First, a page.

• What are the tax reliefs for leaving legacy gifts in wills?


Legacies are an important source of income for many charities. Lifetime and death transfers of property to a UK registered charity are exempt from inheritance tax. Gifts to charity are deducted from the value of the estate before applying the nil band and calculating the inheritance tax due.

As an additional incentive for people to leave part of their estate to charity, a new inheritance tax relief was introduced for deaths on or after 6 April 2012. Where at least 10% of a person’s net estate is left to charity, the rate of inheritance tax is reduced from 40% to 36%.


  • VAT : Top tips for Fundraising Event

1. A charity which organises its own events for the purposes of raising funds will fall within the ‘one off fundraising event exemption’

2. This means that admission fees paid by participants to enter the event will be exempt from VAT. However, any costs in relation to the event will only be treated as exempt input tax and therefore recoverable if the charity is classified as ‘deminimis’ for partial exemption purposes.  (Deminimis means that VAT incurred relating to exempt supplies is recoverable if the amount of VAT incurred per year is less than £7,500.)

3. The buying of a place by a charity in an event place organised commercially by a third party will be subject to VAT at the standard rate. This amount of VAT collected by the charity is paid to HMRC and referred to as output tax.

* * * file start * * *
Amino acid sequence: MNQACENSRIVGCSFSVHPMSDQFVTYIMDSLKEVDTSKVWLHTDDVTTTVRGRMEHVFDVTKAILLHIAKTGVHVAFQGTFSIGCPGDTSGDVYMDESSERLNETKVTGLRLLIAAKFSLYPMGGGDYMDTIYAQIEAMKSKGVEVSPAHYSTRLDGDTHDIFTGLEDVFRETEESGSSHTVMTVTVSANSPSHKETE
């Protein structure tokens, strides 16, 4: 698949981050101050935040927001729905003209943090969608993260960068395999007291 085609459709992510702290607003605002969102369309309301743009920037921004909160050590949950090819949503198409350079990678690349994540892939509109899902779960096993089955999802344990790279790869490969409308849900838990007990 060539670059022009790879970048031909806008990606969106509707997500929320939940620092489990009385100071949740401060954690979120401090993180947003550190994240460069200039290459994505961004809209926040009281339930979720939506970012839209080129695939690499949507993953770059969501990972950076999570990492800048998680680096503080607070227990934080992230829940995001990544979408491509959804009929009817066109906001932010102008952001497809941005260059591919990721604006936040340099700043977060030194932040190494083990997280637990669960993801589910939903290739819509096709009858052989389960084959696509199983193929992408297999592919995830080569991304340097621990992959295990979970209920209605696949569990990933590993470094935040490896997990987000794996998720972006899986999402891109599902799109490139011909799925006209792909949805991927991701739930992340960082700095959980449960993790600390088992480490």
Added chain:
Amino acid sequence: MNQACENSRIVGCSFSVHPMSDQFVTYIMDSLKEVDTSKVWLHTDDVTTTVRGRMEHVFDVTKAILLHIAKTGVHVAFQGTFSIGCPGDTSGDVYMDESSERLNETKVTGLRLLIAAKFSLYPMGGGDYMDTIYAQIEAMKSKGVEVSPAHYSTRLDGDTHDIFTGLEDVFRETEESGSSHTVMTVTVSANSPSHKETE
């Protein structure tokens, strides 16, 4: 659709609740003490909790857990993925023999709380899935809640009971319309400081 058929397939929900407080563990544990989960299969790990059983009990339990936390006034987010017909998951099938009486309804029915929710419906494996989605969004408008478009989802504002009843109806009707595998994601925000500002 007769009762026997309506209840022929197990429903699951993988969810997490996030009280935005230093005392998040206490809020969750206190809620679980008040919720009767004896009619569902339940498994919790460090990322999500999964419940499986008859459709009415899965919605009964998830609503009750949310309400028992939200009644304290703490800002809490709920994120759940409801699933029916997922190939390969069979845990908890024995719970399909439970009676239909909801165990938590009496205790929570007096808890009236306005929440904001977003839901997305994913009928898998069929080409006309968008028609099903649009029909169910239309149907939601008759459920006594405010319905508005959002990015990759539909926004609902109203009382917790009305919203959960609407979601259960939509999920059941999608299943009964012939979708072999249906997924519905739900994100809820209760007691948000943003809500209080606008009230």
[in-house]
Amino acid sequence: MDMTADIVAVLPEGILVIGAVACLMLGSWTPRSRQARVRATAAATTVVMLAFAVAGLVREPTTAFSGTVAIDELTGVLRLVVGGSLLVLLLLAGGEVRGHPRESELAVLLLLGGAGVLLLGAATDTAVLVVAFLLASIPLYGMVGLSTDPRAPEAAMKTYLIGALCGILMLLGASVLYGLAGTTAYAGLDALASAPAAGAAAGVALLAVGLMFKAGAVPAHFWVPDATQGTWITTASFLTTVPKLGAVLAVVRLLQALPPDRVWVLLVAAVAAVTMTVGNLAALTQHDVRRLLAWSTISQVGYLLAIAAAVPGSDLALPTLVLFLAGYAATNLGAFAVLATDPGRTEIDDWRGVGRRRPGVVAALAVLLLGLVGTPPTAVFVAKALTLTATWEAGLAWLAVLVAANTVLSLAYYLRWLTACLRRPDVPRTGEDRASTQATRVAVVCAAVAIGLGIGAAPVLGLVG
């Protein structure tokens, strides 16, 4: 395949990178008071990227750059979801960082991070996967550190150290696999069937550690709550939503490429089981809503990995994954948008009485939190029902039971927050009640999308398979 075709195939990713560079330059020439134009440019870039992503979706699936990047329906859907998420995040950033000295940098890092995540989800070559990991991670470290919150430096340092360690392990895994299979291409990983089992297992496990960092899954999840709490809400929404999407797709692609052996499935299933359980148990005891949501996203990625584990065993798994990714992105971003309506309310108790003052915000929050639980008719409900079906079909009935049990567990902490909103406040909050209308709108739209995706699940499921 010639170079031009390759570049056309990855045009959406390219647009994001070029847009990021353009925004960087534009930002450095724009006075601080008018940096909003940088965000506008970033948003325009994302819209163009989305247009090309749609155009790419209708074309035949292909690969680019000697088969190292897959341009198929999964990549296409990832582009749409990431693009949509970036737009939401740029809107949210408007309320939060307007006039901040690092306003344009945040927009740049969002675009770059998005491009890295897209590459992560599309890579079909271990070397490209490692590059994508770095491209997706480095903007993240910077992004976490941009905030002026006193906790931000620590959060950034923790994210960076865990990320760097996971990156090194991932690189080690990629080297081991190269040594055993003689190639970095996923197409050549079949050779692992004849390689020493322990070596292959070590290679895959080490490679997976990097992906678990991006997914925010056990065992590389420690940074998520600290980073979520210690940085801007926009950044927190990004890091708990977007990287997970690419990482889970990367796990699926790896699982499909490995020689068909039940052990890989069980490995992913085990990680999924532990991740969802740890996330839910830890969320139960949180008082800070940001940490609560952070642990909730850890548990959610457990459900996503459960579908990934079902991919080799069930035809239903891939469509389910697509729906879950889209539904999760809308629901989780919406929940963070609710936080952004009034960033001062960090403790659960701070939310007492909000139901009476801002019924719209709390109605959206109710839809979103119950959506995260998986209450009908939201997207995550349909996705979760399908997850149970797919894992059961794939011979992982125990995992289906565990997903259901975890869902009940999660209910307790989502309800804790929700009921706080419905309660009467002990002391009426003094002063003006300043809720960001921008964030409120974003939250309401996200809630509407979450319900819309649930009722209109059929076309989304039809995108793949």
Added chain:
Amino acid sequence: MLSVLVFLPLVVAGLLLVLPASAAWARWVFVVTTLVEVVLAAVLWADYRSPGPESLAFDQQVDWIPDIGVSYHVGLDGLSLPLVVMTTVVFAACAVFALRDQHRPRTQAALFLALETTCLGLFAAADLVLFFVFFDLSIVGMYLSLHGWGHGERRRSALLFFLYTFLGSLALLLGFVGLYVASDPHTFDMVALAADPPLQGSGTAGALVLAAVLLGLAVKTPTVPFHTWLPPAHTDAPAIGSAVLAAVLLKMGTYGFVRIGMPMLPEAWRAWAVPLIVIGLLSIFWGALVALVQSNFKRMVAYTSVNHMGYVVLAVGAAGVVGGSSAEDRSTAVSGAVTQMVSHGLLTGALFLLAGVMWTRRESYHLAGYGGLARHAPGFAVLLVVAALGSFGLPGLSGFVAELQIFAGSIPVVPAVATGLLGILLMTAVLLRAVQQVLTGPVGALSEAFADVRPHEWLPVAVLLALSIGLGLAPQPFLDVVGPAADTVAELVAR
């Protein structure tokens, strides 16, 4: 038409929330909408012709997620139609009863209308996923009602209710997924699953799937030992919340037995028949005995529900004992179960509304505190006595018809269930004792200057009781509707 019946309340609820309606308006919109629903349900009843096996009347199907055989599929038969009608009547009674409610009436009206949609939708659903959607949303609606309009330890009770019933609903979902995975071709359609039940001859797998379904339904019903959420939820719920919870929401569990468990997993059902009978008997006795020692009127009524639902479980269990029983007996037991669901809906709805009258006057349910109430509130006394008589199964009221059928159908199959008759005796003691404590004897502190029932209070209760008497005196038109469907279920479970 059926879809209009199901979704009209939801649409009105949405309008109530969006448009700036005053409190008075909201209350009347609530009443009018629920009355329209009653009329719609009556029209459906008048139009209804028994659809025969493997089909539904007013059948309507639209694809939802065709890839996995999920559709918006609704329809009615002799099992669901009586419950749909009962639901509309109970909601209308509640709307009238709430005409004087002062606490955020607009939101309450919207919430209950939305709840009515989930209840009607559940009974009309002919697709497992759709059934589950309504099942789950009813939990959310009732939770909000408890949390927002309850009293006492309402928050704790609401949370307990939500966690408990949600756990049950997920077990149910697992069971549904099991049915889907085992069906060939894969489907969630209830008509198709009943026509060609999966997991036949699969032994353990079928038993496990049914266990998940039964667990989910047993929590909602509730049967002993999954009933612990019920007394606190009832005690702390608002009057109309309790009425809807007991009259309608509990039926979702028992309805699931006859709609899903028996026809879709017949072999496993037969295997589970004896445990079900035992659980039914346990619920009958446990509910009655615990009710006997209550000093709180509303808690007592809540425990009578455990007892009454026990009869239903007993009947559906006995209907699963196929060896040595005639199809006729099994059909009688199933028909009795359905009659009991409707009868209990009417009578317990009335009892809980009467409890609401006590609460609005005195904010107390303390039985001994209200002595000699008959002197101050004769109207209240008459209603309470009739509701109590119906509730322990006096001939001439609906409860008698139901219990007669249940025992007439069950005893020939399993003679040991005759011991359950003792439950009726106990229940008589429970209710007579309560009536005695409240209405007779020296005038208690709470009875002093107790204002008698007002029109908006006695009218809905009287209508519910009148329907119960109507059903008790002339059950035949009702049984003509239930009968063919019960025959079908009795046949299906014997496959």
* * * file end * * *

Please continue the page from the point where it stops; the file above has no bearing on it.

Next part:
It is critical that the charity has an agreement in place with the participants of an event if there is a fee or sponsorship target to reach. This agreement should outline the conditions of their event place and any fees paid. HMRC can review these agreements to make sure that the charity is declaring the correct amount of VAT

4. Output VAT will be due on the sale of third party event places in the following situations:
a) If you choose to charge a participant a registration fee which must be paid before the event takes place, this fee will be subject to VAT at the standard rate
b) If you require a specified amount of sponsorship in advance of the event taking place, HMRC regard this as also being subject to VAT at the standard rate

5. Donations received over and above the registration fee/ minimum sponsorship amount are exempt from VAT charges

6. Whether you can recover input VAT on events organised commercially by a third party depends on whether or not the charity charges a registration fee to the participant. Input VAT is the VAT which you incur on third party expenditure by your charity 

a)      Registration fee – full recovery of VAT on the event places

b)      No Registration Fee – partial recovery of VAT on the event places

7. Input VAT recovery on other costs such as t-shirts, fundraising packs, event receptions and other associated costs will be partially recoverable as a cost of raising unrestricted funds

8. If you offer top prizes to your fundraisers, these are not benefits for VAT purposes. However, input tax on the cost of the prizes will be irrecoverable as you will be giving them away for free.